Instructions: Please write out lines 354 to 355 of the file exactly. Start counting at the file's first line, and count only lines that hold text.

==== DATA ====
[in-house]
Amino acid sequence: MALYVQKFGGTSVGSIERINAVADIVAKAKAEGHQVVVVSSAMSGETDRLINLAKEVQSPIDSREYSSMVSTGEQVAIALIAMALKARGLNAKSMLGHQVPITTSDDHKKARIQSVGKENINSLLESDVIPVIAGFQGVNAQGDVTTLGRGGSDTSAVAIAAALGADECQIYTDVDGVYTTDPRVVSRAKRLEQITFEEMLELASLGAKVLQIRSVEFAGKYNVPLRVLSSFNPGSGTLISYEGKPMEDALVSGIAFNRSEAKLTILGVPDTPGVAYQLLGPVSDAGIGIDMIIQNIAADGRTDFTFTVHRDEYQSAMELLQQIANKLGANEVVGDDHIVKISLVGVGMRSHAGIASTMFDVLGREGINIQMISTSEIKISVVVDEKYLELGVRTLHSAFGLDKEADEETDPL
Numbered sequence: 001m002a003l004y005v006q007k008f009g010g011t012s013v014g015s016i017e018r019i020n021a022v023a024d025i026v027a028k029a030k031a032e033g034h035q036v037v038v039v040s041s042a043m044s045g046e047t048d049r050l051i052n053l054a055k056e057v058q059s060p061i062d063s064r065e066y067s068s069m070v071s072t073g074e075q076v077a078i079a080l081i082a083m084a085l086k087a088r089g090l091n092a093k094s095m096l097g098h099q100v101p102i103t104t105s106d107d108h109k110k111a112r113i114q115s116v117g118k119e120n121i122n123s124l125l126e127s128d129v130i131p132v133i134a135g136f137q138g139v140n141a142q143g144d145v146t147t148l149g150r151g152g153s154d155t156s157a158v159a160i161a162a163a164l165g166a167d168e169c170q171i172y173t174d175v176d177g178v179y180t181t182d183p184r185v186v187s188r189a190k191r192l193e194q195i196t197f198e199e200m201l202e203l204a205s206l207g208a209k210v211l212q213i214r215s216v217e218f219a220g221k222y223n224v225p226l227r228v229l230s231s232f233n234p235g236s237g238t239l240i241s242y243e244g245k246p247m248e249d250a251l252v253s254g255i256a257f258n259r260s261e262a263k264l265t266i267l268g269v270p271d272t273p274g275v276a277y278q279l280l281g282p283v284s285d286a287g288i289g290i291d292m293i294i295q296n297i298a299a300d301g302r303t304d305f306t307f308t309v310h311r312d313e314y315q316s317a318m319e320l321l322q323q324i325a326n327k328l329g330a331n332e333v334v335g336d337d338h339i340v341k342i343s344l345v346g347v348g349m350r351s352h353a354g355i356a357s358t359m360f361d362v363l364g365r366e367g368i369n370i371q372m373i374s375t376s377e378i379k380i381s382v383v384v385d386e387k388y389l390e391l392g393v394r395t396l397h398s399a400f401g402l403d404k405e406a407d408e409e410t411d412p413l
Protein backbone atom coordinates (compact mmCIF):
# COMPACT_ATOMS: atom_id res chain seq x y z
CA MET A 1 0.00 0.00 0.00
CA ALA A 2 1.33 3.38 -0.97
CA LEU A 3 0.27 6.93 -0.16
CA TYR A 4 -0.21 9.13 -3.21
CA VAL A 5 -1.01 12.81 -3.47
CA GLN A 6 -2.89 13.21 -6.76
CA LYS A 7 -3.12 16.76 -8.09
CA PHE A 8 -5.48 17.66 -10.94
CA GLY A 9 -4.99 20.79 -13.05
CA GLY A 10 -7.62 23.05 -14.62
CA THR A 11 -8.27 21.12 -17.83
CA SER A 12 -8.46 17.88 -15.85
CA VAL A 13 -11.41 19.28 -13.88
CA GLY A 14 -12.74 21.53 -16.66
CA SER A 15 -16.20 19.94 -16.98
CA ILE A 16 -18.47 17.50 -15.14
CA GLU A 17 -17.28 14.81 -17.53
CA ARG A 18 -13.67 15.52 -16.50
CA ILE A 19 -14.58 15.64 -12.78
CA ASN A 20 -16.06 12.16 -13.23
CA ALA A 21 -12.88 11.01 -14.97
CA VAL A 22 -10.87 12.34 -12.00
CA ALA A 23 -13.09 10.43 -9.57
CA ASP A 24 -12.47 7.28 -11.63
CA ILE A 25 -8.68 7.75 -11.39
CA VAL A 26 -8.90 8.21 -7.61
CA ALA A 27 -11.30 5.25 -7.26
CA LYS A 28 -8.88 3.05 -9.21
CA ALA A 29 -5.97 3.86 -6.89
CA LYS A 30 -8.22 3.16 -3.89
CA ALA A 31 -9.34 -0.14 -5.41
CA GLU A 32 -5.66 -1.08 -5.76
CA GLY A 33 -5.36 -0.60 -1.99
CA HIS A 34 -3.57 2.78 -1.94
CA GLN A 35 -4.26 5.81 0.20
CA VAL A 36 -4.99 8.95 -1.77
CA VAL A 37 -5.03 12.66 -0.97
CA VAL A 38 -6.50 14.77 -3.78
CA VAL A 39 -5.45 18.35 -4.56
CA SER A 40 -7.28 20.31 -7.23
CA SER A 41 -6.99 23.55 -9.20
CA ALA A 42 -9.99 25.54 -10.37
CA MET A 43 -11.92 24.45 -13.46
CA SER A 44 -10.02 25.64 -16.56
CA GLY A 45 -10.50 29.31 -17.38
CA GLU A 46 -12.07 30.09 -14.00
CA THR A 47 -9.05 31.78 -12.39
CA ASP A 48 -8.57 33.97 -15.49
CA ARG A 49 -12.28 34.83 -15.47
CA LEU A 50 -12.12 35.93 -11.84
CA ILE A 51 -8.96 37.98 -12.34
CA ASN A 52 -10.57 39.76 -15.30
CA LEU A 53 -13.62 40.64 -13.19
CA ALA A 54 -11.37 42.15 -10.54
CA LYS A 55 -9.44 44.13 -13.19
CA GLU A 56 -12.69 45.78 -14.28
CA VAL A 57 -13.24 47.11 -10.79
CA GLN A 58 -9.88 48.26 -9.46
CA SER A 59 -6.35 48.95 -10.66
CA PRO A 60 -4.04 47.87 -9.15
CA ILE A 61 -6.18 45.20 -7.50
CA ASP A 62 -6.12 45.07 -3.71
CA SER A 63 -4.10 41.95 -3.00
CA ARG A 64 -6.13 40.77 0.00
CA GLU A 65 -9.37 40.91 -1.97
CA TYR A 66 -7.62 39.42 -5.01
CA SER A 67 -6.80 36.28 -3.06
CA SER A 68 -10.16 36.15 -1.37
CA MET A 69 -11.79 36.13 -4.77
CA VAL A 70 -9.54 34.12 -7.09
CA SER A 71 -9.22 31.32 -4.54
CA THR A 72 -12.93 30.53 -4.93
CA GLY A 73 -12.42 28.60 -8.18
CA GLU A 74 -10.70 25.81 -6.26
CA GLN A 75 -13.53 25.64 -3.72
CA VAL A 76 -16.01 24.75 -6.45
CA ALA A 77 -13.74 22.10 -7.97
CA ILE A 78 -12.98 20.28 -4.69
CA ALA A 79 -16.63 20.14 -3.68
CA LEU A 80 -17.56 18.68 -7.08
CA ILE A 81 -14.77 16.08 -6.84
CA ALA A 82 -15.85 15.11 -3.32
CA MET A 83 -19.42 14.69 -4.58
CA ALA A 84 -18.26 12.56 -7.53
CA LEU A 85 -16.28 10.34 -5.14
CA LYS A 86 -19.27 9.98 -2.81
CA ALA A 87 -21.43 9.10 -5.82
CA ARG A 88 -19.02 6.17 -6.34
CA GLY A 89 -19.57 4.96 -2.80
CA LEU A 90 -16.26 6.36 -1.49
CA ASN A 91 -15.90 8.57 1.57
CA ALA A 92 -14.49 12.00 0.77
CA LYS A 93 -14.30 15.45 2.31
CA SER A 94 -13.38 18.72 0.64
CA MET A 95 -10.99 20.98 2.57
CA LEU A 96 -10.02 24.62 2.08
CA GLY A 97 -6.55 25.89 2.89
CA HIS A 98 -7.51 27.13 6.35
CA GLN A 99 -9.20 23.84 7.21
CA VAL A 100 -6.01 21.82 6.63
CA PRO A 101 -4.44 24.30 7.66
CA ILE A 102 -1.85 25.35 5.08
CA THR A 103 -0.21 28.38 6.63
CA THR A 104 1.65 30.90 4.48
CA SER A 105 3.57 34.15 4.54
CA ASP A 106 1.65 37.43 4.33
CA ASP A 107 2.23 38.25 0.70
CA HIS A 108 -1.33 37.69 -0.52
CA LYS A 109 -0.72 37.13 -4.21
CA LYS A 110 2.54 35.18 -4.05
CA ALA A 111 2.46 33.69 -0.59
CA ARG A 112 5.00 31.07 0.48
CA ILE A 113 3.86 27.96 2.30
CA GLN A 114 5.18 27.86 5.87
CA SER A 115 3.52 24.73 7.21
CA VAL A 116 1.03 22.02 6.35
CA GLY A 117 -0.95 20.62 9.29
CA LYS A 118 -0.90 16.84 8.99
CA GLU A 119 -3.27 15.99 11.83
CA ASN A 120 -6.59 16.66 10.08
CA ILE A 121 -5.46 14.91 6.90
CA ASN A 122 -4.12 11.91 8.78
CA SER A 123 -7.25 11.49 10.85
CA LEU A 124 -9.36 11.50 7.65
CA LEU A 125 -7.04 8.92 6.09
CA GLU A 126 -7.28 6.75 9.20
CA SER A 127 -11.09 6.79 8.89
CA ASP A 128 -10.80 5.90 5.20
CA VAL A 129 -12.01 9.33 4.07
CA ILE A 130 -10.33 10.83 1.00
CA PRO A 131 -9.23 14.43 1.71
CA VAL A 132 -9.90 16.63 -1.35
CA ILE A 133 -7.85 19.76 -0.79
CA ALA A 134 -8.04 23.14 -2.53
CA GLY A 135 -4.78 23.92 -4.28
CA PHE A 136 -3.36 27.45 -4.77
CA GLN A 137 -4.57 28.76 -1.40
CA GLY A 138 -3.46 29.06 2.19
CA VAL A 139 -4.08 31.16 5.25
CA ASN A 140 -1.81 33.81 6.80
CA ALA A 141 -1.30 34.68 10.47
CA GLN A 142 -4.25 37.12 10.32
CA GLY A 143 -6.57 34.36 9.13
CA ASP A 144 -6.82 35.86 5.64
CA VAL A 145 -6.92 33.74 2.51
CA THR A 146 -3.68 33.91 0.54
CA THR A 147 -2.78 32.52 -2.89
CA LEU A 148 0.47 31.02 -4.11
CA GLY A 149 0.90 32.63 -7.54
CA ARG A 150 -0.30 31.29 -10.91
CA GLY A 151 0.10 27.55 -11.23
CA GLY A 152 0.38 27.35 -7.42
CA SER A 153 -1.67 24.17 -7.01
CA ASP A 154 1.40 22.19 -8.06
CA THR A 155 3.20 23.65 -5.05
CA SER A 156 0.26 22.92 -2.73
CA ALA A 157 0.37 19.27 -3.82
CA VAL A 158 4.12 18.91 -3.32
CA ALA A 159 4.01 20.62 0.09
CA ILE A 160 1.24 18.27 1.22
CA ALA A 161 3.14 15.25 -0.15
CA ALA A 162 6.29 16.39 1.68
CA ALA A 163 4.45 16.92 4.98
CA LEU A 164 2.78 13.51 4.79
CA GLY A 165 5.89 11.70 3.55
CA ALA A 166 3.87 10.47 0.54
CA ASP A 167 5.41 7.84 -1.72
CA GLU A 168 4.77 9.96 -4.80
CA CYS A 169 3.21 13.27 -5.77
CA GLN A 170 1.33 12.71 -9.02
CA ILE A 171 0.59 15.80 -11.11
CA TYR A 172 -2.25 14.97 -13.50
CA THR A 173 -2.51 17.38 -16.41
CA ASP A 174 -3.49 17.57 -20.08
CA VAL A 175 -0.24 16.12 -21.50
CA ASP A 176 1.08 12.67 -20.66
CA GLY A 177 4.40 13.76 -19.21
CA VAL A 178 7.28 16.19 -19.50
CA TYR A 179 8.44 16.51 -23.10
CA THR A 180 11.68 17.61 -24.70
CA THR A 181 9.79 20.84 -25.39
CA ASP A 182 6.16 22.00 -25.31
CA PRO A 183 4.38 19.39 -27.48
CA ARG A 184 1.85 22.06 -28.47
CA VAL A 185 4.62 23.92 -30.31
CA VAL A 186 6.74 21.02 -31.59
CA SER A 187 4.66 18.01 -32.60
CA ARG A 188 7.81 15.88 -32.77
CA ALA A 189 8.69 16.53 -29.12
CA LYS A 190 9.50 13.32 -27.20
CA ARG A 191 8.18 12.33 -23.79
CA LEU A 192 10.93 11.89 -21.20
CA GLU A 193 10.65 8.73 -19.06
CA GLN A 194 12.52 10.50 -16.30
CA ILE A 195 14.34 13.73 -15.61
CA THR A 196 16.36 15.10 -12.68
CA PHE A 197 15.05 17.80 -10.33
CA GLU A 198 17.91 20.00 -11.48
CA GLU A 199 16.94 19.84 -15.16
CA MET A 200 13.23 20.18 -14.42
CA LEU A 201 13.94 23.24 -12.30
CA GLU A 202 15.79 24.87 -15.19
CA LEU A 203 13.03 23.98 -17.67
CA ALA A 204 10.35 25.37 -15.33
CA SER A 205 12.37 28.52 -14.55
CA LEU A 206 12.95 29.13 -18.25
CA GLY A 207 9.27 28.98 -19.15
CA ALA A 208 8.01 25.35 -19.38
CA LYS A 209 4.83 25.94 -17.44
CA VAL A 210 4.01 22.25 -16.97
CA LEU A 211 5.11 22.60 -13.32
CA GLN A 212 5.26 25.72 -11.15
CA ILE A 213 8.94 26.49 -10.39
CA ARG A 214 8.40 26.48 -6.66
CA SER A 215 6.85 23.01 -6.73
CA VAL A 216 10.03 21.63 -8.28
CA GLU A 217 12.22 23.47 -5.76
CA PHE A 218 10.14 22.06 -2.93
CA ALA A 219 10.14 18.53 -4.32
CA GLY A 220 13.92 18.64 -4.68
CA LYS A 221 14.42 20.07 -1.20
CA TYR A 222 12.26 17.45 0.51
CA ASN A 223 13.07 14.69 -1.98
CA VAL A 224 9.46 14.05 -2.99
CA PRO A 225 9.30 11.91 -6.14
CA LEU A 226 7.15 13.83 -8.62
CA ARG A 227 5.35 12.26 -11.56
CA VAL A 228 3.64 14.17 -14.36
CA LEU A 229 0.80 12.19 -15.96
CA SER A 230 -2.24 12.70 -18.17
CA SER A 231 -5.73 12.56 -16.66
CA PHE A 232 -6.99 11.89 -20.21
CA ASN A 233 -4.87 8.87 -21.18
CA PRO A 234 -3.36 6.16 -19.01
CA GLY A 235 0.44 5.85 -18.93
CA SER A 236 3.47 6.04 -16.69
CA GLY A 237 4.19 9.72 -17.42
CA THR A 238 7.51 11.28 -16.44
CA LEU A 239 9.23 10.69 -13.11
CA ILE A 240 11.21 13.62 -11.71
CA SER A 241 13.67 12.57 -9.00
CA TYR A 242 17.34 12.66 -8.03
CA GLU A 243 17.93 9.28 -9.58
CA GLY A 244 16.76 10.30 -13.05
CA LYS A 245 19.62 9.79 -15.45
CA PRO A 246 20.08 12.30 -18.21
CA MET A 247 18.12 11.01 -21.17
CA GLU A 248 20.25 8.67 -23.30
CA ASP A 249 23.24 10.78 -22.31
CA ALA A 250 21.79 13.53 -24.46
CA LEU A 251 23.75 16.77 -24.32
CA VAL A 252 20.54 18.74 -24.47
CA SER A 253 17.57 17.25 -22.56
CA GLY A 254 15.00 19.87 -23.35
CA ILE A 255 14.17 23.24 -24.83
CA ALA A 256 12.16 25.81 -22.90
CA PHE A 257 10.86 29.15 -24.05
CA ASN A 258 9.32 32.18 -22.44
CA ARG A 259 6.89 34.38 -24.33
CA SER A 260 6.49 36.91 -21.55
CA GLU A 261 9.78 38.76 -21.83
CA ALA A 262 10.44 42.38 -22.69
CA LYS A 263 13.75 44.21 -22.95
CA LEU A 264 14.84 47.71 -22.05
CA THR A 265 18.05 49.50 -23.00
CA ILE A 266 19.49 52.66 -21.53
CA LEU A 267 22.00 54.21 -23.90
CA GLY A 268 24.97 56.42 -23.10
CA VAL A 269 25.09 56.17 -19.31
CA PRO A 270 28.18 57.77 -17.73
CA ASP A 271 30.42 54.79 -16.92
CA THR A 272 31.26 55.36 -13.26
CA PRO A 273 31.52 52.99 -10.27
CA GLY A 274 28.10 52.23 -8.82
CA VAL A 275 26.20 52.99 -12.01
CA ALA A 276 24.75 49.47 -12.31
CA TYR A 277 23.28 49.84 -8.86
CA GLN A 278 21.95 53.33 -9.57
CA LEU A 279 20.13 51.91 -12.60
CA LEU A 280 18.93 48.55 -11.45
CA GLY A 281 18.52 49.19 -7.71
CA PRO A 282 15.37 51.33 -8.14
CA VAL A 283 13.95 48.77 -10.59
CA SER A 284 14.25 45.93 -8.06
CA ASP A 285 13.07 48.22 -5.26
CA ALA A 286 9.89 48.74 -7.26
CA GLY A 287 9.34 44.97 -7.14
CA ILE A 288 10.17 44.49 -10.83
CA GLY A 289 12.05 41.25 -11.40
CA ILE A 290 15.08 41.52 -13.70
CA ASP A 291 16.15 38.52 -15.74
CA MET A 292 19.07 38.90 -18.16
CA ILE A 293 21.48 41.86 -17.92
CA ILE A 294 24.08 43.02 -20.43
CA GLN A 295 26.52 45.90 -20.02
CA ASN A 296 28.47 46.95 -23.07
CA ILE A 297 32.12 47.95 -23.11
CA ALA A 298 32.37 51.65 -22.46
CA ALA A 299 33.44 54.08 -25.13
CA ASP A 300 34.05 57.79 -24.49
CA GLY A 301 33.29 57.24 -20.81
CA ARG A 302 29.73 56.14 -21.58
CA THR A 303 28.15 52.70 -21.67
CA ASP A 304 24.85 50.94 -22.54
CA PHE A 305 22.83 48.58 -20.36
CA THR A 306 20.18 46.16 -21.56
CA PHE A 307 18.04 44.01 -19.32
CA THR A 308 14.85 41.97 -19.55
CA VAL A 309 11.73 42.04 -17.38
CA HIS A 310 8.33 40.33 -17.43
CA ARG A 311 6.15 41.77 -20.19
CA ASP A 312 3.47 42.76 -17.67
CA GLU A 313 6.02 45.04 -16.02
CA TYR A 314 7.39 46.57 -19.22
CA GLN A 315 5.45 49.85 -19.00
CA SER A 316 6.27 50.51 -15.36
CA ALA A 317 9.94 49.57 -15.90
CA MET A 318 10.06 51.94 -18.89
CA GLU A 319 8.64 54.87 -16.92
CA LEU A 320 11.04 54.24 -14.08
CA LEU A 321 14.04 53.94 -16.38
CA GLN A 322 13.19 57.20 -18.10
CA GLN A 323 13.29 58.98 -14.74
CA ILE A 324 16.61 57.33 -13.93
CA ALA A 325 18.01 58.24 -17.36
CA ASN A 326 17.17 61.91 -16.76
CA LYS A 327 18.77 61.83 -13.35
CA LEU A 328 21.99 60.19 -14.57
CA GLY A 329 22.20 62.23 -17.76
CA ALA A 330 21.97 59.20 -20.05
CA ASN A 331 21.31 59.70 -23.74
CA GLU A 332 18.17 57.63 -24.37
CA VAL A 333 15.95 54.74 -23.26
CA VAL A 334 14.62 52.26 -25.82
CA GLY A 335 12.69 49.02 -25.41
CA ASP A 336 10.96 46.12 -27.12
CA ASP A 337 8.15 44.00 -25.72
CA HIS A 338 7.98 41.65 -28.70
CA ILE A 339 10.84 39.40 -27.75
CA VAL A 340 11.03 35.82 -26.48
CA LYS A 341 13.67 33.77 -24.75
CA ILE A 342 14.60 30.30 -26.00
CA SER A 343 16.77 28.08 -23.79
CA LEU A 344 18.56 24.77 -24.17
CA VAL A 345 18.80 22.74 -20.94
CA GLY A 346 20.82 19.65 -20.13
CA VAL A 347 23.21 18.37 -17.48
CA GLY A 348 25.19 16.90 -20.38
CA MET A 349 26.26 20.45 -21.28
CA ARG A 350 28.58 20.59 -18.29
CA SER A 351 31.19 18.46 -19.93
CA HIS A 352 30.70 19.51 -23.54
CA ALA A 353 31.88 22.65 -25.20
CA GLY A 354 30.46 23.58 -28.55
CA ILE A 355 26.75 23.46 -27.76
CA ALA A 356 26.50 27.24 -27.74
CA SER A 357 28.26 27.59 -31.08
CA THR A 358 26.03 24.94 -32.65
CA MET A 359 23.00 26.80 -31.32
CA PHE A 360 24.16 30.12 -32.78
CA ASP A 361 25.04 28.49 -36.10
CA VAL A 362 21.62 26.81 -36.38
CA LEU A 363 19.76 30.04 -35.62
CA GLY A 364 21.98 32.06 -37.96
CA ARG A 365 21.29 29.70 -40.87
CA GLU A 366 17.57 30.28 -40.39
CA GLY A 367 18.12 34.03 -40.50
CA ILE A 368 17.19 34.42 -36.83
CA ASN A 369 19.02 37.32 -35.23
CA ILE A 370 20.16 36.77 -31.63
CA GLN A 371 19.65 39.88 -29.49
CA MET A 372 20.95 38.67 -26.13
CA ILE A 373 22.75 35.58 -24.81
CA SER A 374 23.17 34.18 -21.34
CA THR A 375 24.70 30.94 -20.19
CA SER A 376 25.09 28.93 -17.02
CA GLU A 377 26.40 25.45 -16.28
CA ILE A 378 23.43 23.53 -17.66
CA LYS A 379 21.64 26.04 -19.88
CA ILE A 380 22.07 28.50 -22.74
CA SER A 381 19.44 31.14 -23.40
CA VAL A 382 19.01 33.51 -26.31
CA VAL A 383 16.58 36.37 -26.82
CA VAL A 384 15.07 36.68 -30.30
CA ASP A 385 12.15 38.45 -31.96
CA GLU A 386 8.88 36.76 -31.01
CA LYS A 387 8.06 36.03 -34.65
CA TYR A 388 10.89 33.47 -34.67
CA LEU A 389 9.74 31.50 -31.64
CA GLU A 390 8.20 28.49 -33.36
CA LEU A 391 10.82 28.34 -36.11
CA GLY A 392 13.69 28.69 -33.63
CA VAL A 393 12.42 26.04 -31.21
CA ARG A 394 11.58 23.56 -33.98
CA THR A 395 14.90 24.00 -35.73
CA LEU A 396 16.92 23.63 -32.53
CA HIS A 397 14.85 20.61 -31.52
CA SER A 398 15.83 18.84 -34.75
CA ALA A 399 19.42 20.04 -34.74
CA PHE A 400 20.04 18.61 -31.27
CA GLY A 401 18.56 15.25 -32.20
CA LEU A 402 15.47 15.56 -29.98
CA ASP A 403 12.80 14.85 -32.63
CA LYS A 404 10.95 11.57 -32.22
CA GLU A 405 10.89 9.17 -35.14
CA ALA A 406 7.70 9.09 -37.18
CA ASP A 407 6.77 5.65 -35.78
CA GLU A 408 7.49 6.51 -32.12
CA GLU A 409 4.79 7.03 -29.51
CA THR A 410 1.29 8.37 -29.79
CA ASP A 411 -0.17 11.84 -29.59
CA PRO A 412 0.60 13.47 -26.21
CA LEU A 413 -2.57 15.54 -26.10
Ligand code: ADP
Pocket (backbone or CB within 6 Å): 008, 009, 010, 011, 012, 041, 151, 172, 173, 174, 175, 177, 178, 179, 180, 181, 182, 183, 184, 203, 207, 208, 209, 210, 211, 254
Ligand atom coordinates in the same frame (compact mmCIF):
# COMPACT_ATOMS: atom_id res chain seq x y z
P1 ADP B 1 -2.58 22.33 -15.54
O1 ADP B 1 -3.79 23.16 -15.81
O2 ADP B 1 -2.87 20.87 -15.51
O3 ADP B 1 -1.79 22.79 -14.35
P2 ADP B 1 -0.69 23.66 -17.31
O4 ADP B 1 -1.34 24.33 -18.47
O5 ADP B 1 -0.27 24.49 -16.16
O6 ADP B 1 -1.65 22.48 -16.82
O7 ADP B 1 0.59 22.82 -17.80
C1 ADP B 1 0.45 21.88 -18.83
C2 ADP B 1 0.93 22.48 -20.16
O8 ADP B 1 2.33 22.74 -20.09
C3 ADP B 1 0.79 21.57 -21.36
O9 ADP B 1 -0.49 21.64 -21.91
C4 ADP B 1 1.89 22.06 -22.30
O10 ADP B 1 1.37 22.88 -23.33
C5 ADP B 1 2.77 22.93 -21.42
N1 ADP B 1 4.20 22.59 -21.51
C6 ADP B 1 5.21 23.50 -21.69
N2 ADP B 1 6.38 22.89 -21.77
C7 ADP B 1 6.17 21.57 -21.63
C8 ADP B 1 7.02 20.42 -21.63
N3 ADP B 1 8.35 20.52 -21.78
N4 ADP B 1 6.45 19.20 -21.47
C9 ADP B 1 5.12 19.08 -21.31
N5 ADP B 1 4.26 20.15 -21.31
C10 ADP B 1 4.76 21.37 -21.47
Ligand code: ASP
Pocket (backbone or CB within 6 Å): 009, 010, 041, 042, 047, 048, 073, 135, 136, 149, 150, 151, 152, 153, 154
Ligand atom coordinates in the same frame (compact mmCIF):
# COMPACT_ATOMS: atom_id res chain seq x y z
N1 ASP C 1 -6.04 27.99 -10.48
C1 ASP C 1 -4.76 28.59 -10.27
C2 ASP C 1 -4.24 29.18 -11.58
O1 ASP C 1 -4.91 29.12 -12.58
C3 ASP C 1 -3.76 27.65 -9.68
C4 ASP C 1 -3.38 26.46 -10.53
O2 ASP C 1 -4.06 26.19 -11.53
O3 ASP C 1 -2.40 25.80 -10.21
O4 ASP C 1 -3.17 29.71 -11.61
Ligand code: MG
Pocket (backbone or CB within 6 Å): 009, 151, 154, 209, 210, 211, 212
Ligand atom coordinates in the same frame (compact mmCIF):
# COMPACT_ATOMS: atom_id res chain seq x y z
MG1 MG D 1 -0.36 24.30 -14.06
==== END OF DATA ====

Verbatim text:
CA MET A 349 26.26 20.45 -21.28
CA ARG A 350 28.58 20.59 -18.29